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More Death In Mitch's Wake

As survivors formed lines for rationed water and gasoline on Thursday, the threat of deadly epidemics loomed over flood-ravaged Central America. So far, as many as 9,000 people are believed to have been killed.

CBS News Correspondent Byron Pitts reports that in the Tegucigalpa barrios along Cholutera River, where Mitch dropped an ocean of water, women washed clothes on rocks in the same water where many of their neighbors died.

The Cholutera River rose so high that massive mudslides tore apart bridges, and damaged or destroyed almost every house. Rescue teams are still finding bodies, and more are still missing.

CBS News Correspondent Jacqueline Adams reports that Mitch caused an estimated $1 billion worth of damage to Honduran roads - making it tougher to get relief supplies to those desperately in need. With 80 percent of the country destroyed, officials fear it may take 40 to 50 years to rebuild.

The head of epidemiology at El Salvador's health ministry, Santiago Almeida, said outbreaks of respiratory disease, skin infections, and conjunctivitis could probably be controlled in his nation, the smallest in Central America, where 239 died.

But "epidemics will probably appear next week when typhoid, diarrhea, cholera, and dengue start to emerge," Almeida said.

"There are no crops to harvest, few wild foods to forage for, and no animals to slaughter," top U.N. World Food Program official Rosa Antolin told reporters in Rome. "The destruction is huge. ... In just one day, the region has been set back 20 years."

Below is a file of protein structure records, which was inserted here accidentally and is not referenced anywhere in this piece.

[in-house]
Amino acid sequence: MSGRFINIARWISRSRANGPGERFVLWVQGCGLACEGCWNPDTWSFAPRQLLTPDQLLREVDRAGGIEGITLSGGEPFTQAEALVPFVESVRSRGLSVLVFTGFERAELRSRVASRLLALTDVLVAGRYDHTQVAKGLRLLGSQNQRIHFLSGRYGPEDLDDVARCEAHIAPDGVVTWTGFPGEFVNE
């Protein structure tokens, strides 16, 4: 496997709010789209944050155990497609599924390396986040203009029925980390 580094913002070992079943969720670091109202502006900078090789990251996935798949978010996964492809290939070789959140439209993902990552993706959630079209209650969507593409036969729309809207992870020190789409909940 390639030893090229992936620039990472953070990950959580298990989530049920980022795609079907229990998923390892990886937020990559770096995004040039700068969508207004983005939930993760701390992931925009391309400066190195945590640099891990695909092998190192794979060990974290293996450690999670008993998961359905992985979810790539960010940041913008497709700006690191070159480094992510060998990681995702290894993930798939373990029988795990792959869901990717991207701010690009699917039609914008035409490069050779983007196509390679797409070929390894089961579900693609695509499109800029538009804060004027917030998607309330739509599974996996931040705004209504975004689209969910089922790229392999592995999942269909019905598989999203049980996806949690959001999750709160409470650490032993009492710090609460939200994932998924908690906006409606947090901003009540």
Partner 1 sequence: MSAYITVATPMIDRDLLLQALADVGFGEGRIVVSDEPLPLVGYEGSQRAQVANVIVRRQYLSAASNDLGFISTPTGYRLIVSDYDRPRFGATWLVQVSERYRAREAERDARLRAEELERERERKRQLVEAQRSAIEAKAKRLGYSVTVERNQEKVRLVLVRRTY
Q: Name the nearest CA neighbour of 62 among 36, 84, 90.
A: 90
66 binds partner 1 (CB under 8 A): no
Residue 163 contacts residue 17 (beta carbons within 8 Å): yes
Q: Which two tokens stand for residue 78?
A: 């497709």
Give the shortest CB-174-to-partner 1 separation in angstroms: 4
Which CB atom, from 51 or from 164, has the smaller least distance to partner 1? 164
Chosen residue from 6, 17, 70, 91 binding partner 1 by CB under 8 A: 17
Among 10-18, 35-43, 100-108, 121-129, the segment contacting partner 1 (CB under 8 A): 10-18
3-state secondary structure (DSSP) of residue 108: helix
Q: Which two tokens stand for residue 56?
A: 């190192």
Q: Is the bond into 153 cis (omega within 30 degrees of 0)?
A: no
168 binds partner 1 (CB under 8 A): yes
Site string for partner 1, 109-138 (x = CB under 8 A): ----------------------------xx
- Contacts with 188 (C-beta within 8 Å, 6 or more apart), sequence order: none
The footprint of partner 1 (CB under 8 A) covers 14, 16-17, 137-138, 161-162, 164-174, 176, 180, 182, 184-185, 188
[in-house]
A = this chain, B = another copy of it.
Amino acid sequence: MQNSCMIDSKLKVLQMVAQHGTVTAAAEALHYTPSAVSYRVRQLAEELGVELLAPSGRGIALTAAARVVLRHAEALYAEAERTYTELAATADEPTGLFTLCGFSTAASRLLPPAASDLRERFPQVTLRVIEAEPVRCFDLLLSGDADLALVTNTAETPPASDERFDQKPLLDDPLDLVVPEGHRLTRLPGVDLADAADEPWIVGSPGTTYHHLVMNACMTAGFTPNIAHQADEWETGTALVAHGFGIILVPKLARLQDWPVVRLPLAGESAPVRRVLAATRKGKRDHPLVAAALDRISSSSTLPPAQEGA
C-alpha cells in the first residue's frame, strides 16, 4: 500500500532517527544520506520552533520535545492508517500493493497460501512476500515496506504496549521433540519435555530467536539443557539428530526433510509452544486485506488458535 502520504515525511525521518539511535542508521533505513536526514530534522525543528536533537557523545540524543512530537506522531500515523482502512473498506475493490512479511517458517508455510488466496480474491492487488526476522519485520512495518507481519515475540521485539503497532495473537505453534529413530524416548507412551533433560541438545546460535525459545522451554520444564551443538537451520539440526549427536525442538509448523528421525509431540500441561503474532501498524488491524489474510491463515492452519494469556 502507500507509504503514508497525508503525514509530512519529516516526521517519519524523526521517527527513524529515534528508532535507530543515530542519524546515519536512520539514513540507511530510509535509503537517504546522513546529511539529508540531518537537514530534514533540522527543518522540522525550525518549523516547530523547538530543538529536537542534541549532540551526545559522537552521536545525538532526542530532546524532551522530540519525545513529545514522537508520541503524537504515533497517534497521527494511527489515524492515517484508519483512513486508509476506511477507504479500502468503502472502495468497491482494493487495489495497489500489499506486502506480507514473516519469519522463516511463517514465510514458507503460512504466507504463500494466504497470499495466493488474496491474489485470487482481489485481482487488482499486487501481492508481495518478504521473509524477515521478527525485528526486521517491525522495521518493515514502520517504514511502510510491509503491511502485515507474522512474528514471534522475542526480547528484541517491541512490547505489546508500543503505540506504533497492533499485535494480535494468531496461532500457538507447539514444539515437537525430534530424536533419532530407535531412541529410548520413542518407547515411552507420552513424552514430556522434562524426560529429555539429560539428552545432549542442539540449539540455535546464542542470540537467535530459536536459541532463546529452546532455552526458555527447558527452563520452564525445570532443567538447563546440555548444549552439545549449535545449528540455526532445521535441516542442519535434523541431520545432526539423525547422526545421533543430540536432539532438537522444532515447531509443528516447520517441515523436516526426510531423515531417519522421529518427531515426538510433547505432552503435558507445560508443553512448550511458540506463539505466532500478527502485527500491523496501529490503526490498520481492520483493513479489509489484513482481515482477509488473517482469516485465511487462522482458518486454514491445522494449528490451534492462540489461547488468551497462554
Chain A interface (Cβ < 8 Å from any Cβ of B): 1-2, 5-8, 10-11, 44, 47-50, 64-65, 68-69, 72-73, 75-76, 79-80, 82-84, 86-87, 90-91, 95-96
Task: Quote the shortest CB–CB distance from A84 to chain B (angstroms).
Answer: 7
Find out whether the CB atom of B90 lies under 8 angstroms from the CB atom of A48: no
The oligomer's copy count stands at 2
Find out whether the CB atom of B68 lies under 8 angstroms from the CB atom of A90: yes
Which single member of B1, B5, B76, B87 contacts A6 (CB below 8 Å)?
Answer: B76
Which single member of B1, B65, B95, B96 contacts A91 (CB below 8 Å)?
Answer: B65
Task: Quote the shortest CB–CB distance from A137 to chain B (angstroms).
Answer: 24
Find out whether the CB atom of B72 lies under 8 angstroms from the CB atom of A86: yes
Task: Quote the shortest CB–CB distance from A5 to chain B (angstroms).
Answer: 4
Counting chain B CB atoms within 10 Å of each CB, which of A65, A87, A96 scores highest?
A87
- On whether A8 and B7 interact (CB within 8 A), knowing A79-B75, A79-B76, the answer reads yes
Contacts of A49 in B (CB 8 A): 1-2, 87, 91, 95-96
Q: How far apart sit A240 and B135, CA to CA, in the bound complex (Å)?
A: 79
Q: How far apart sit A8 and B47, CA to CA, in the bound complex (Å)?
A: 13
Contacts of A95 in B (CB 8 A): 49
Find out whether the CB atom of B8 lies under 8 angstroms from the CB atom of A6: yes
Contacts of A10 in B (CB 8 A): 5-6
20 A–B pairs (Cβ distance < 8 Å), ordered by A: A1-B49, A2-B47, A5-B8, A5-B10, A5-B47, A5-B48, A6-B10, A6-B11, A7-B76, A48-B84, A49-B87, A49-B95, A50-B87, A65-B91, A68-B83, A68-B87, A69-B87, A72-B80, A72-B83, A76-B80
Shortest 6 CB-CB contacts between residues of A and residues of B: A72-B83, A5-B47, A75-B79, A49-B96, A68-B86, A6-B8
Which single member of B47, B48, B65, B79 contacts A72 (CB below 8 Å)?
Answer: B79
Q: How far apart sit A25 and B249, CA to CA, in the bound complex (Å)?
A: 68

Officials warned of hunger and disease as mosquitoes multiplied in pools of stagnant water in the tropical heat.

"There are many regions where the population is beginning to suffer hunger and is drinking contaminated water because they are marooned and have no services," said Dimas Alonso, operations chief of the national emergency commission.

Another 1,452 people have been confirmed dead in Nicaragua, and perhaps as many as 2,000 may have been buried under the collapsing slope of the Casita volcano.

In Honduras, main highways connecting Tegucigalpa, a city of 800,000, to the rest of the country were cut, creating shortages of gasoline, drinking water, and food in the hard-hit capital. Without gasoline, aid can't be delivered by truck. Nearly all aircraft are being used in continuing searches for survivors.

Industrialized nations around the globe pledged more aid for CentraAmerica, and Pope John Paul II pleaded for the world to send food and medicine.

President Clinton on Thursday ordered that $30 million in U.S. Defense Department equipment and services be provided for emergency disaster relief in Nicaragua, Honduras, El Salvador and Guatemala.

"This is the worst disaster we have seen in this hemisphere," Brian Atwood, head of the Agency for International Development, told reporters at a White House briefing. He also announced that an additional $20 million in emergency food aid will be sent to the area aboard Boeing 747s, starting Saturday.

The $30 million in Pentagon assets will include emergency supplies, search and rescue equipment, and engineering services, officials said. American helicopters also will continue to operate in isolated areas to rescue stranded people and to deliver humanitarian relief supplies, officials said.

Mexico launched one of the biggest airlifts in its history and lent badly needed helicopters while Europe announced it had approved $8 million in humanitarian aid.

But the aid pledged so far was unlikely to be enough due to the sheer number of victims spread across inaccessible countryside.